Coach Thorp, roused into something like action, checks in on Aagard’s mother. She’s not even actuarying, just doing bookkeeping for a couple small businesses. Aaron Aagard, deploying the sort of pacing that indicates he thinks he’s the charming star of an occasionally-serious three-camera sitcom, explains that the problem is not drugs. It’s drugs. His mother’s opioid habit. So he does well when there’s enough money in the house for, like, food and all. This leaves Thorp some unpleasant responsibilities. Thorp tries to figure out what he can do without screwing up Aagard’s life all the more. It’s not like he can even just pass Aagard some money to get groceries without inviting a world of scandal. So he covers where he can, inviting his student for one-on-one dinners in public areas.

An extra push at practice. 'Oxygen! Plasma! Something!' And a standard meal for Aaron. '*Another* piece of pie?' Another scene. Thorp. 'I'm coming in. It's time for a heart-to-heart with your mom.' 'Good luck with that.'
Neal Rubin and Rod Whigham’s Gil Thorp for the 15th of March, 2017. Moments before the big climax, and Aagard’s mother realizing that she has failed Actuary Law and shall be hauled off for “rehab” that consists of her being stripped down to her basic demographic elements.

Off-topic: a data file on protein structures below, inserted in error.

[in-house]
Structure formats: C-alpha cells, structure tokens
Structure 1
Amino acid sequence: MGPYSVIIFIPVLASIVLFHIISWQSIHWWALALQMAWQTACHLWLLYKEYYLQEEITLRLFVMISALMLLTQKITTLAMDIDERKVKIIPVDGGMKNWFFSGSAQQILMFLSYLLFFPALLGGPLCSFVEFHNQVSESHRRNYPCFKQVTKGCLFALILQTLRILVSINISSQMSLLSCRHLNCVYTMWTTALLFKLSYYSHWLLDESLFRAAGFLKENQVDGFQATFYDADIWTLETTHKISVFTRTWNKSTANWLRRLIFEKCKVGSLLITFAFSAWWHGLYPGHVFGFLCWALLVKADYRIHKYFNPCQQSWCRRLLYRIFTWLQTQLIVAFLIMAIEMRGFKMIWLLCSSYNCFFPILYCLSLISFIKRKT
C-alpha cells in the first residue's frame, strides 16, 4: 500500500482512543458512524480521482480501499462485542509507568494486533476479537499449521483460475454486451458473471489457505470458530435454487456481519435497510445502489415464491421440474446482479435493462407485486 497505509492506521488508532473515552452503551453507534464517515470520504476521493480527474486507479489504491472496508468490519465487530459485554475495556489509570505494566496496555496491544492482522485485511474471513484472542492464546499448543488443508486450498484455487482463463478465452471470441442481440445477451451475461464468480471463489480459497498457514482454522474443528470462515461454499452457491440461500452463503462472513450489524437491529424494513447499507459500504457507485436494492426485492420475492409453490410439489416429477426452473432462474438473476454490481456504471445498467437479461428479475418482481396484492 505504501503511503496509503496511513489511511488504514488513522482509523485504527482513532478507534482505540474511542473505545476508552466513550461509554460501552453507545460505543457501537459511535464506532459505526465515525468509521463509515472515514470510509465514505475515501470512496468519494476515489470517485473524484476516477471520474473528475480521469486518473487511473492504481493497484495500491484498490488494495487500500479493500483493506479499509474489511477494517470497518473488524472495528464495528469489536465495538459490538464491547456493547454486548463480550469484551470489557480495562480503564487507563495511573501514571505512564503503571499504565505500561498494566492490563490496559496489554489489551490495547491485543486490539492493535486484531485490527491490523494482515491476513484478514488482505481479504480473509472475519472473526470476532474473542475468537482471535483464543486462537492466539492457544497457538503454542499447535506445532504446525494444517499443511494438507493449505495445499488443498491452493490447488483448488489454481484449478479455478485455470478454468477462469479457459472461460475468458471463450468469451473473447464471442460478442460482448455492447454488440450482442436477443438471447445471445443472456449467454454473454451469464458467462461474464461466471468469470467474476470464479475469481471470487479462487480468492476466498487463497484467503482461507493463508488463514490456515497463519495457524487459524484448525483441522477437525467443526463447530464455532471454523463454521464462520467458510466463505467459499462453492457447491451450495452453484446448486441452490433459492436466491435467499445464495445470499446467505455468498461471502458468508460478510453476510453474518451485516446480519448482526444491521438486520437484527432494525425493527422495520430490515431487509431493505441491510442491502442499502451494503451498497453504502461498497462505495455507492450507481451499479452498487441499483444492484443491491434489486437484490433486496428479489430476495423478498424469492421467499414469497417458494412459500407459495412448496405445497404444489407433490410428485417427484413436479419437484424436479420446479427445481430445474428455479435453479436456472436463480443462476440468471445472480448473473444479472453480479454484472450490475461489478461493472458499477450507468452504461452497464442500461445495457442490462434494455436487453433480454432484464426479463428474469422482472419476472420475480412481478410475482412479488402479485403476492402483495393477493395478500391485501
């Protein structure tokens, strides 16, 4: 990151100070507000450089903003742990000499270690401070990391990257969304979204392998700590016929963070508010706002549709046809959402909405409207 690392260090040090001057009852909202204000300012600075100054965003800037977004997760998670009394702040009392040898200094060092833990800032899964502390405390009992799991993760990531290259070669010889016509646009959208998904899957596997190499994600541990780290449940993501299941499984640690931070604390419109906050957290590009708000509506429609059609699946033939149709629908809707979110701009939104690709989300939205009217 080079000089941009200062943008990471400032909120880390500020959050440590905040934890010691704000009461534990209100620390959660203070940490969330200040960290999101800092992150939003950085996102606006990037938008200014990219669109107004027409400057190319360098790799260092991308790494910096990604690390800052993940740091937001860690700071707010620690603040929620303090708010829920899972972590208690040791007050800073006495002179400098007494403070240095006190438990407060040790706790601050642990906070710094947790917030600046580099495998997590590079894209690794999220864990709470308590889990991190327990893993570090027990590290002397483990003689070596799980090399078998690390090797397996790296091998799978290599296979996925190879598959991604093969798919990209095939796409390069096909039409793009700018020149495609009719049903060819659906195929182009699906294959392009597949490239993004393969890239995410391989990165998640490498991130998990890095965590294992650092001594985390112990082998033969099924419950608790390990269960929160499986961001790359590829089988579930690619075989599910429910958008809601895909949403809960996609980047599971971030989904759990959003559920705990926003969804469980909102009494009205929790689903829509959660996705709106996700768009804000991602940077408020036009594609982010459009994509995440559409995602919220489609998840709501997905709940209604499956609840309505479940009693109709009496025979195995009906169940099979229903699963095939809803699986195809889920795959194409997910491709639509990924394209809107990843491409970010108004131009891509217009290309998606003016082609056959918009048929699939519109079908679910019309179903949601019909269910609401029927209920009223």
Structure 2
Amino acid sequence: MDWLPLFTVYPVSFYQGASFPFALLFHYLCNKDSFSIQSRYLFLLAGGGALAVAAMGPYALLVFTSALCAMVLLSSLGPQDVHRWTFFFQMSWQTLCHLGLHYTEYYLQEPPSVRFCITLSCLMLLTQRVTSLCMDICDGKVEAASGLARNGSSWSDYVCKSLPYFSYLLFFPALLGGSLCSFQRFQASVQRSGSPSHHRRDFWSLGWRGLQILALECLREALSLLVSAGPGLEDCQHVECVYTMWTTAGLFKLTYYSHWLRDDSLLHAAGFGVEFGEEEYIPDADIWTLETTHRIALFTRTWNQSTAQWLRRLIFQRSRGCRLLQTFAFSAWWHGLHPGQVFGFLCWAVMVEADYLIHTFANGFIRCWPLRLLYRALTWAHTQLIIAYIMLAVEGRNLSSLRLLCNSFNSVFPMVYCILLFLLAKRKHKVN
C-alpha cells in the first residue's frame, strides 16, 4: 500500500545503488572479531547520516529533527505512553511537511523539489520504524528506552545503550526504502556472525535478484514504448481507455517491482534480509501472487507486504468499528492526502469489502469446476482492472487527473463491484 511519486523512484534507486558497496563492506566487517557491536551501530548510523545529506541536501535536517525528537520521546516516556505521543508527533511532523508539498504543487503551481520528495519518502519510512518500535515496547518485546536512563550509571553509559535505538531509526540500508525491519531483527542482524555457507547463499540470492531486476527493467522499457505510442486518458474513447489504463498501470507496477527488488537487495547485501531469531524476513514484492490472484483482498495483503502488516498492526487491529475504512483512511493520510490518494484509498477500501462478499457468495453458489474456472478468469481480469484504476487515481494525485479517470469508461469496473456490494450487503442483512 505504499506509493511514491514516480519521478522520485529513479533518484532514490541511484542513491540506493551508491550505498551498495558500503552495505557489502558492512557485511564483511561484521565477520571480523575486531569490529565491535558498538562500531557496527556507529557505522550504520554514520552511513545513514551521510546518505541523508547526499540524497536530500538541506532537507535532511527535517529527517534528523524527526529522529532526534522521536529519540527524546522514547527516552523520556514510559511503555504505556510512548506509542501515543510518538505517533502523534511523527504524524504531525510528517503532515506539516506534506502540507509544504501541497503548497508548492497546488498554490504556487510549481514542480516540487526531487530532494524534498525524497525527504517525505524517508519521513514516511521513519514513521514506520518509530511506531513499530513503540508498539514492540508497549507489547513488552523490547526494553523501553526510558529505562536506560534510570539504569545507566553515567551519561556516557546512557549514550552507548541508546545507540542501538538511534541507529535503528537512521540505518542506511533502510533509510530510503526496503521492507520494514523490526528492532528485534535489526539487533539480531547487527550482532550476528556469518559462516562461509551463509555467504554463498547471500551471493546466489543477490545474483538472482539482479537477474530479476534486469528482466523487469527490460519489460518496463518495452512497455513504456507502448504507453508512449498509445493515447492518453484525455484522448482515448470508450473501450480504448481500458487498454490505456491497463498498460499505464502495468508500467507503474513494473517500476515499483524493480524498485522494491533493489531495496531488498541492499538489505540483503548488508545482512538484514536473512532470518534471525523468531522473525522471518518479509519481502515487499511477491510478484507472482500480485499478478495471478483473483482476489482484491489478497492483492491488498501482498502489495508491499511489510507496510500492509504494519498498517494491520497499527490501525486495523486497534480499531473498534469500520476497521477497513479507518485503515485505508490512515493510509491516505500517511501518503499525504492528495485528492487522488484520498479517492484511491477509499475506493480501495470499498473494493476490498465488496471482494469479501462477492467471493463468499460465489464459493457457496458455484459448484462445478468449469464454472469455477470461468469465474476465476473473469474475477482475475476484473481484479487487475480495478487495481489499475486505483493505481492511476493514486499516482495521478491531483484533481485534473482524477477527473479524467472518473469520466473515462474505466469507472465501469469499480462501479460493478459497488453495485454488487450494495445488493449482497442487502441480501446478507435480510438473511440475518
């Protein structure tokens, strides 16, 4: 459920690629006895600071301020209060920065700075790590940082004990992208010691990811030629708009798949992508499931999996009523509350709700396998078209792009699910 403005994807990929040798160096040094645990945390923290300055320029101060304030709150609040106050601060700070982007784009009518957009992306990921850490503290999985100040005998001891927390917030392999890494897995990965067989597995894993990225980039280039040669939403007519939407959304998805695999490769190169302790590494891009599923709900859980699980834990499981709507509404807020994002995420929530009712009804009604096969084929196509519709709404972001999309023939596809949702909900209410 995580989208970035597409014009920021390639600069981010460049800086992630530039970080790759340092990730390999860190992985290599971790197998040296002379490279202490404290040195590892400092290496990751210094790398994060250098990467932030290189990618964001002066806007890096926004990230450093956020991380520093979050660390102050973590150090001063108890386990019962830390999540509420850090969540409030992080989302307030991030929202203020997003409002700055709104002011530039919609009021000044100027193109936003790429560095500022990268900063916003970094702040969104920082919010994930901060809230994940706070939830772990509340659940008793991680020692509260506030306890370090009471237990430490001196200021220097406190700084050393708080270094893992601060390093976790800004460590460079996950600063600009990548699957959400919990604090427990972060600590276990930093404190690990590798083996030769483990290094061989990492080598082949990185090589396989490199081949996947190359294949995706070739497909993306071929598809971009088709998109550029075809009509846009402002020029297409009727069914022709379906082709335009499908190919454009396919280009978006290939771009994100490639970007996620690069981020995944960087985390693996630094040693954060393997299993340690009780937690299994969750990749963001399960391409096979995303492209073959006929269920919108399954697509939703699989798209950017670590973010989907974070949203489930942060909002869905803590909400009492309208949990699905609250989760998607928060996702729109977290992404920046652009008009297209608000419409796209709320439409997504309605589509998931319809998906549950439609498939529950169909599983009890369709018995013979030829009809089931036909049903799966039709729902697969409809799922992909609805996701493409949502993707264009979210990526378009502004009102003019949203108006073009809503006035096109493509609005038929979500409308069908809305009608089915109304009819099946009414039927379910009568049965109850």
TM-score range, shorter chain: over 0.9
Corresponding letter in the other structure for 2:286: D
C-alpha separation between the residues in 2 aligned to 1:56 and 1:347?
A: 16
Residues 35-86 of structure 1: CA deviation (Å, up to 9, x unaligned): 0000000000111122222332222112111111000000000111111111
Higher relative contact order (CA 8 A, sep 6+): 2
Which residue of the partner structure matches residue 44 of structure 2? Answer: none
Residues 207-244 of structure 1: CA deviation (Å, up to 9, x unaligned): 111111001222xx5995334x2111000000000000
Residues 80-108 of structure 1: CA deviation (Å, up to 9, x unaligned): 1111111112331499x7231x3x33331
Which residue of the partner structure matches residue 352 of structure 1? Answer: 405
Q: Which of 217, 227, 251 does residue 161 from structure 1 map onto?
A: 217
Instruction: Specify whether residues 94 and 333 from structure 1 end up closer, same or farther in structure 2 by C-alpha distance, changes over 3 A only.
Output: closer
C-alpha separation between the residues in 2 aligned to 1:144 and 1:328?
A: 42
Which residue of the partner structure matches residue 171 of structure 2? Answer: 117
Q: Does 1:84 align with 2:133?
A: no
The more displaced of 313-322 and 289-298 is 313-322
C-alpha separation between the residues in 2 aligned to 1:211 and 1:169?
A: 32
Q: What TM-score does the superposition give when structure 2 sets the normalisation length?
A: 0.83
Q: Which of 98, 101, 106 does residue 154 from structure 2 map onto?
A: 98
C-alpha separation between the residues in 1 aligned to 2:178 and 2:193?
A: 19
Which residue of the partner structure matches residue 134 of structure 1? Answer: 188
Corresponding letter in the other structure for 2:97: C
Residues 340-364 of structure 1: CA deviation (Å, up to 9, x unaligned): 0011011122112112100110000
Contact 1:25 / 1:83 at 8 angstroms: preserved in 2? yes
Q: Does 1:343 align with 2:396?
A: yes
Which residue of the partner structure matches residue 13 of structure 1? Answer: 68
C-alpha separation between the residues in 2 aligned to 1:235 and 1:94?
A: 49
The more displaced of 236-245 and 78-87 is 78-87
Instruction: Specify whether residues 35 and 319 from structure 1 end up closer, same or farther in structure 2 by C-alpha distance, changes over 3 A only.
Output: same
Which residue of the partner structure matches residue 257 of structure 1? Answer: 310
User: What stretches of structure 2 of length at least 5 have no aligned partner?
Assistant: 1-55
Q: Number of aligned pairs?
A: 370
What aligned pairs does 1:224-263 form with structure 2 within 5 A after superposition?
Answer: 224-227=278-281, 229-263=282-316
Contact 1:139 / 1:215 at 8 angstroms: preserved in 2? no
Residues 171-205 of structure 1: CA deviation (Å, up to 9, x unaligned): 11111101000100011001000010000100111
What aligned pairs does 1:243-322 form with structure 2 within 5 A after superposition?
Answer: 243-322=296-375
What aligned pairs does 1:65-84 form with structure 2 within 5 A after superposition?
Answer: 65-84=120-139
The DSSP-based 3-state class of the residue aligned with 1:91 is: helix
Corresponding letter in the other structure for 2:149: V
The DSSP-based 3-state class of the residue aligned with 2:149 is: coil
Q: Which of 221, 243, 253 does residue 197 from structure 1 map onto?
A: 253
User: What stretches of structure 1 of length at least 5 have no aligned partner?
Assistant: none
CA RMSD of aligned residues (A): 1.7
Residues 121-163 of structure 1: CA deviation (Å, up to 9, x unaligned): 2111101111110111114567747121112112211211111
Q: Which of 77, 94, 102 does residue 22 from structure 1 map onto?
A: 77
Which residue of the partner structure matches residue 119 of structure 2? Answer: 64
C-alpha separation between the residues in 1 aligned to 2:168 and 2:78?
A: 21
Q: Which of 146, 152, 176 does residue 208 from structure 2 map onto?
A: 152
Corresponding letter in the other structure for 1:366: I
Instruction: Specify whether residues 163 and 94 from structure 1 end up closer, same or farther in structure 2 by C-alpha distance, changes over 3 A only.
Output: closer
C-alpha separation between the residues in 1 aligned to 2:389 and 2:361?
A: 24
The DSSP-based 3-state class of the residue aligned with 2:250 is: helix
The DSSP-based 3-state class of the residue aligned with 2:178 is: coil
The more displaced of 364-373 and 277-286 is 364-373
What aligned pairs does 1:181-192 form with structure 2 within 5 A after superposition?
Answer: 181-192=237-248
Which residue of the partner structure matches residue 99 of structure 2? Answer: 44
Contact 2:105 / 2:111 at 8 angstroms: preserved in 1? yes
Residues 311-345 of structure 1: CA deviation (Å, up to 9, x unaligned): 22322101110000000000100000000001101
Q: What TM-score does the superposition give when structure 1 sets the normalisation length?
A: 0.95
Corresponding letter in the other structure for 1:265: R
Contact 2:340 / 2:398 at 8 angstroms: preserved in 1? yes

After being fed enough pie and I’m going to go ahead and assume cheese fries, Aagard consents to turning his mom in to the Actuary Police. Before she’s taken off to answer sumptuary charges of living beneath her actuarial station she gets to see one last, and first, basketball game starring Aaron. Pressured, he has a lousy game, at least until Thorp points out that as a person with advanced mathematical skills and training, Tina Aagard completely lacks the ability to tell whether a basketball player is doing well or badly. I agree, although the boo-ing from the rest of the audience might clue her in. Anyway, with that reassurance Aagard finishes up decently and goes into foster care with one of the teammates who did so much to change the set of hassles he’s dealing with.